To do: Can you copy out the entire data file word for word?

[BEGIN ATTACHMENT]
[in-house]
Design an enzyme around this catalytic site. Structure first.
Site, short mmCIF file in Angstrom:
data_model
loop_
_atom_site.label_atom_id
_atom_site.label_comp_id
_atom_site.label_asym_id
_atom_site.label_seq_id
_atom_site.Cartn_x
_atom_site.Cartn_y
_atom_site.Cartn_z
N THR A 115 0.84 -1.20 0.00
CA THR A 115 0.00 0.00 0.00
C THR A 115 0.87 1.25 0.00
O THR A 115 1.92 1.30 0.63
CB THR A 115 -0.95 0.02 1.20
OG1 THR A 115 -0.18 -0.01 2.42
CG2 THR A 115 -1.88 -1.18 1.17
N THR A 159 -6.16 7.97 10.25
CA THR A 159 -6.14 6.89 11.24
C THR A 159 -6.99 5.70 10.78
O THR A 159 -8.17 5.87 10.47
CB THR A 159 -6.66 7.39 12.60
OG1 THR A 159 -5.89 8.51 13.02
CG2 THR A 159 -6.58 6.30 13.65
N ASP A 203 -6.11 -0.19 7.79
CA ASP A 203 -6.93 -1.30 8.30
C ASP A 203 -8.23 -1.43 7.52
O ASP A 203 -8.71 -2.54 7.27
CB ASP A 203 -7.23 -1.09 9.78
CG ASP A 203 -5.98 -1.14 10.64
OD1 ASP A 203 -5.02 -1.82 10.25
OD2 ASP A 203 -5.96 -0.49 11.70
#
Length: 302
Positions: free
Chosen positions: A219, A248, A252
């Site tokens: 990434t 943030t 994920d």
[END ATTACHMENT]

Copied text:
[in-house]
Design an enzyme around this catalytic site. Structure first.
Site, short mmCIF file in Angstrom:
data_model
loop_
_atom_site.label_atom_id
_atom_site.label_comp_id
_atom_site.label_asym_id
_atom_site.label_seq_id
_atom_site.Cartn_x
_atom_site.Cartn_y
_atom_site.Cartn_z
N THR A 115 0.84 -1.20 0.00
CA THR A 115 0.00 0.00 0.00
C THR A 115 0.87 1.25 0.00
O THR A 115 1.92 1.30 0.63
CB THR A 115 -0.95 0.02 1.20
OG1 THR A 115 -0.18 -0.01 2.42
CG2 THR A 115 -1.88 -1.18 1.17
N THR A 159 -6.16 7.97 10.25
CA THR A 159 -6.14 6.89 11.24
C THR A 159 -6.99 5.70 10.78
O THR A 159 -8.17 5.87 10.47
CB THR A 159 -6.66 7.39 12.60
OG1 THR A 159 -5.89 8.51 13.02
CG2 THR A 159 -6.58 6.30 13.65
N ASP A 203 -6.11 -0.19 7.79
CA ASP A 203 -6.93 -1.30 8.30
C ASP A 203 -8.23 -1.43 7.52
O ASP A 203 -8.71 -2.54 7.27
CB ASP A 203 -7.23 -1.09 9.78
CG ASP A 203 -5.98 -1.14 10.64
OD1 ASP A 203 -5.02 -1.82 10.25
OD2 ASP A 203 -5.96 -0.49 11.70
#
Length: 302
Positions: free
Chosen positions: A219, A248, A252
């Site tokens: 990434t 943030t 994920d």